Volkswagen Drops Two Years From Warranties
Volkswagen is trimming an important benefit for VW drivers, apparently in a move to try to save the German automaker a few bucks.
New Volkswagens will come with a 4-year/50,000-mile warranty, rather than the 6-year/72,000 deal that the company had previously offered to owners. To ease the pain on owners, the company will also offer two years of free maintenance for all models starting in 2020.
The company’s previous warranty was an industry best. Volkswagen rolled out that deal in 2017 as it was attempting to turn the corner on the swirling controversy over its emissions cheating scandal. Company officials have since said that the warranty didn’t seem to play much of a role in enticing VW owners to buy cars.
The 6-year warranty was a “valuable tool,” but the new combination of a 4-year warranty and two years of free maintenance “builds upon those benefits by still providing robust coverage and further lowering the cost of ownership,” a VW spokesman told USA Today.
The new, reduced warranty brings Volkswagen closer in line with luxury manufacturers like BMW, Audi and Mercedes-Benz. It also still tops the 3-year/36,000 mile warranty offered by Honda and Toyota.
Volkswagen buyers who purchase new 2019 models will still get the 6-year warranty.
Investigators at the U.S. Environment Protection Agency in 2015 caught VW deliberately misrepresenting emissions information about diesel vehicles. They also found that the company was and tricking vehicle emissions systems to give false reads. The fall out cost the company at least $25 billion.
Implications on Legal Protections for Drivers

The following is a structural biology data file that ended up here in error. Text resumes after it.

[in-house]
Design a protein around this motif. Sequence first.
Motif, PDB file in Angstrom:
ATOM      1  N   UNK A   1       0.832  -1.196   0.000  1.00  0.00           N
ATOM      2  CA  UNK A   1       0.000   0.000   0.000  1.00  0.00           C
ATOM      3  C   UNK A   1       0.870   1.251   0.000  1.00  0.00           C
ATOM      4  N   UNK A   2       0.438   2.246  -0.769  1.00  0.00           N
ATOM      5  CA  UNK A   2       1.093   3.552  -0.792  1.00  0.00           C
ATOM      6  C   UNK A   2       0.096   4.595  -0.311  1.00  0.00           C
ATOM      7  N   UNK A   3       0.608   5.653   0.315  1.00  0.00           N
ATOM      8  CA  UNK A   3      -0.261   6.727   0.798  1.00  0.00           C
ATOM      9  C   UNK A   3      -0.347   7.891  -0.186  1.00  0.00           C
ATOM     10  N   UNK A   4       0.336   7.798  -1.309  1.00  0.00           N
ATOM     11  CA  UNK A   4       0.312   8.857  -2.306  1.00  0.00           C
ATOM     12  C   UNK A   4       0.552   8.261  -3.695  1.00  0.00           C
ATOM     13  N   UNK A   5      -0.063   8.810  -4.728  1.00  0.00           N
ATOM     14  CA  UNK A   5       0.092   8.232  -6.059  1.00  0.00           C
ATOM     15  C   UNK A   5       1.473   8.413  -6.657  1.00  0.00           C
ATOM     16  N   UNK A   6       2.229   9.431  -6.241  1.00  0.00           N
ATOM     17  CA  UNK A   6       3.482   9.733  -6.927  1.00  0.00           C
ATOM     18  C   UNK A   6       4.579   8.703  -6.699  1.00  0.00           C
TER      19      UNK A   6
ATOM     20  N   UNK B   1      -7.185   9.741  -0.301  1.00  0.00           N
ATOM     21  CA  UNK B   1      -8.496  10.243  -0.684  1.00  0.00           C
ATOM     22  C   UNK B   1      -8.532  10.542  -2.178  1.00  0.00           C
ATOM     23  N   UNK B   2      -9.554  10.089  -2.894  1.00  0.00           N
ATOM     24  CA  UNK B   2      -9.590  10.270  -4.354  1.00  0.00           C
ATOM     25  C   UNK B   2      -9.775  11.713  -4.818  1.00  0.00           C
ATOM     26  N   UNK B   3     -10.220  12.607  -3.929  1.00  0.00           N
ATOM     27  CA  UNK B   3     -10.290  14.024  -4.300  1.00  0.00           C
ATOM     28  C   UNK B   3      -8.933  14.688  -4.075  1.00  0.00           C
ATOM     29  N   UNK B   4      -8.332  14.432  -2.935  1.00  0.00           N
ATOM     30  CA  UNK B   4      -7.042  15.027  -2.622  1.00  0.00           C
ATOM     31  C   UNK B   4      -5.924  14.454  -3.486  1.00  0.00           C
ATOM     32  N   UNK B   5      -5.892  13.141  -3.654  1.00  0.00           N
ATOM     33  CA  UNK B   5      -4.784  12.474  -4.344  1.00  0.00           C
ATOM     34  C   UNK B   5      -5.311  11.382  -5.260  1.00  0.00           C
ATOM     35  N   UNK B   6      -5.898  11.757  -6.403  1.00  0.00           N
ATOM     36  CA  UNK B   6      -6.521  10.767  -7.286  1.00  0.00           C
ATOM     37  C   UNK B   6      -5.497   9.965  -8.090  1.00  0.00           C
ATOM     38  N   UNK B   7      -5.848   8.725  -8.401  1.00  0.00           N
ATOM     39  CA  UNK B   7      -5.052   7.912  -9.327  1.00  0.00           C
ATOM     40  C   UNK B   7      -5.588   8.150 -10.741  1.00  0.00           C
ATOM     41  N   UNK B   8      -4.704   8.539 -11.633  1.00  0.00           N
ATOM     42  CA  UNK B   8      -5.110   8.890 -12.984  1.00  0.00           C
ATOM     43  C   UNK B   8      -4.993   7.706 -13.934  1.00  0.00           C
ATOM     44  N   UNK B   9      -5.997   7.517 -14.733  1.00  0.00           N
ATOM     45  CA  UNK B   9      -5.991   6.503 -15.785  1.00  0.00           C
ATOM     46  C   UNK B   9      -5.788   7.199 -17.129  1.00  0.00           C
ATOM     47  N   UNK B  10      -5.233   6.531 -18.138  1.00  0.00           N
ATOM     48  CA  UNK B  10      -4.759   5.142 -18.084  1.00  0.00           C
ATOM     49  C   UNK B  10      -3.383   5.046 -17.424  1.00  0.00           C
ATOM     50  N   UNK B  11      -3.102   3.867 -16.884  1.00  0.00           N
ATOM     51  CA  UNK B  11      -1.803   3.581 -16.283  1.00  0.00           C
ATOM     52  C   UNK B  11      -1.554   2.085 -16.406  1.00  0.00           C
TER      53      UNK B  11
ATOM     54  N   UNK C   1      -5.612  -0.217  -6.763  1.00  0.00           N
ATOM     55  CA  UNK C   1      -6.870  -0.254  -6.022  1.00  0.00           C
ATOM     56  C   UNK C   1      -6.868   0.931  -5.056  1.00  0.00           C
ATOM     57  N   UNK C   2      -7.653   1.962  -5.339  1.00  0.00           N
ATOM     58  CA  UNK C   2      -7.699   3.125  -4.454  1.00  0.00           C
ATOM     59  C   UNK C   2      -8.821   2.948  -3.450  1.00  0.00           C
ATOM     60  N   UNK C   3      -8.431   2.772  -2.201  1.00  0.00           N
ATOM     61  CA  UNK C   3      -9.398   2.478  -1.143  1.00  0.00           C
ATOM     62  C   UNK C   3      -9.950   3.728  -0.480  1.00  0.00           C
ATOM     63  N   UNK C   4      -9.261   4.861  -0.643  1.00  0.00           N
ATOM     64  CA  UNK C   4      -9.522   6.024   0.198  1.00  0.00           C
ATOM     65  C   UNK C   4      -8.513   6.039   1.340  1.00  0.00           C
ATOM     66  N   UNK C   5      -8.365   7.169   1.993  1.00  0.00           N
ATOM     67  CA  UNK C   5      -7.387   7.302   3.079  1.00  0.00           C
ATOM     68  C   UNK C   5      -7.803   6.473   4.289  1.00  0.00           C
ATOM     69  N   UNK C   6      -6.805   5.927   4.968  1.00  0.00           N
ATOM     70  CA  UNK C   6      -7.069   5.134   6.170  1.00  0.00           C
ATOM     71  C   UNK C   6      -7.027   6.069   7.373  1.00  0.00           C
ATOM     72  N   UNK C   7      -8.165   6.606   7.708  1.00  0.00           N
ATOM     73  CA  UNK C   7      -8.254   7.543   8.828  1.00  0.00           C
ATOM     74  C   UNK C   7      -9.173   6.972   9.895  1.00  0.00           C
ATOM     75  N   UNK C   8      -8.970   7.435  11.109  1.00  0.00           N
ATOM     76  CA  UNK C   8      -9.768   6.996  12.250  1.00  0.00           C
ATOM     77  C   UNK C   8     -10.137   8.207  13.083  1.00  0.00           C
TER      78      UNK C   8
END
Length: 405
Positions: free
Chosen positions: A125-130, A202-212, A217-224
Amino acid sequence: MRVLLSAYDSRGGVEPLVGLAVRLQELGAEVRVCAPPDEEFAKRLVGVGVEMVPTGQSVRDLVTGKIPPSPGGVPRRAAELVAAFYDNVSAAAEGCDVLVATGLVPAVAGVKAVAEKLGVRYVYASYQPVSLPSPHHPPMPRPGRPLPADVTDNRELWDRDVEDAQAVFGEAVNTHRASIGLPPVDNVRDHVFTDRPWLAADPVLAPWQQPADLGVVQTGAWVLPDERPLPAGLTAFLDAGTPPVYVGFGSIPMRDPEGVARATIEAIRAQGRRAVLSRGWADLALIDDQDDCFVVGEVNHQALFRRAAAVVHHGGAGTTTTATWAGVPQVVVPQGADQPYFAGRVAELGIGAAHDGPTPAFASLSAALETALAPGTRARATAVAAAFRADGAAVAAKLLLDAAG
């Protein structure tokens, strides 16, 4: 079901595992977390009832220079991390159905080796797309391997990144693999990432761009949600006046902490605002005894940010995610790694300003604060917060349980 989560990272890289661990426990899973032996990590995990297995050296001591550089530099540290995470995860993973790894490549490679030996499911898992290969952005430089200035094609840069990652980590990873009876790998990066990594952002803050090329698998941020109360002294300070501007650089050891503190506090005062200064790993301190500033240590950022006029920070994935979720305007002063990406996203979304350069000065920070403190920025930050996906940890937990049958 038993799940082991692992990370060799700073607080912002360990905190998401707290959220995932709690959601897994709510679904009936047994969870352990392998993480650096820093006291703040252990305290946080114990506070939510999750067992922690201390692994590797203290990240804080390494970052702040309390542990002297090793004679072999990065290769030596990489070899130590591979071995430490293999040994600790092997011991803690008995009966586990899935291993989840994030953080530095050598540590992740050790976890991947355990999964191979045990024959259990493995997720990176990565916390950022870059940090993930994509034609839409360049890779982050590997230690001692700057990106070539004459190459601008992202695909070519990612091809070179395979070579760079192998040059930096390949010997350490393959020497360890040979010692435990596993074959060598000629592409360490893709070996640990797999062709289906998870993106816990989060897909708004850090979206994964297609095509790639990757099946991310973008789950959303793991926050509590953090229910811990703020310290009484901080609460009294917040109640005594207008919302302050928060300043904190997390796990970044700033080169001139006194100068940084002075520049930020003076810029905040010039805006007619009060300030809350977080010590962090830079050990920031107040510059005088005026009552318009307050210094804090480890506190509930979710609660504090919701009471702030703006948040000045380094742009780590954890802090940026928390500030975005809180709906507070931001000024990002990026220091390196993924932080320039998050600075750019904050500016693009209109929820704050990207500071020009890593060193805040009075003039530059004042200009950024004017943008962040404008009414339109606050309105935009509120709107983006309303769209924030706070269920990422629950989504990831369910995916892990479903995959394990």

The VW move to shrink warranties could have a significant impact for drivers covered by state lemon laws. These laws are designed to protect buyers and lessors who have been stuck with defective vehicles.
The California lemon law, for example, requires carmakers to perform a wide variety of repairs on vehicles while they are still under warranty. If the manufacturer refuses or is unable to fix the problem, it is generally required to take the car back and reimburse the owner or lessor for the purchase price and other related expenses. The manufacturer can also offer to replace the car, but the owner or lessor has the final decision whether to take that option.
By reducing the warranty, Volkswagen is effectively shrinking the time under which VW owners and lessors will be protected by the California lemon law. That makes it all the more important that a person who has been stuck with a defective vehicle seek the advice of a seasoned California lemon law attorney.
Speak With a California Lemon Law Attorney
At the Bickel Law Firm, our California lemon law attorneys have represented hundreds of clients in defective vehicle cases across the state. We work tirelessly to resolve these cases for the people that we represent.
Our offices are conveniently located in Los Angeles, San Diego and San Francisco. Call us at (888) 800-1983 or contact us online to speak with a California lemon law attorney.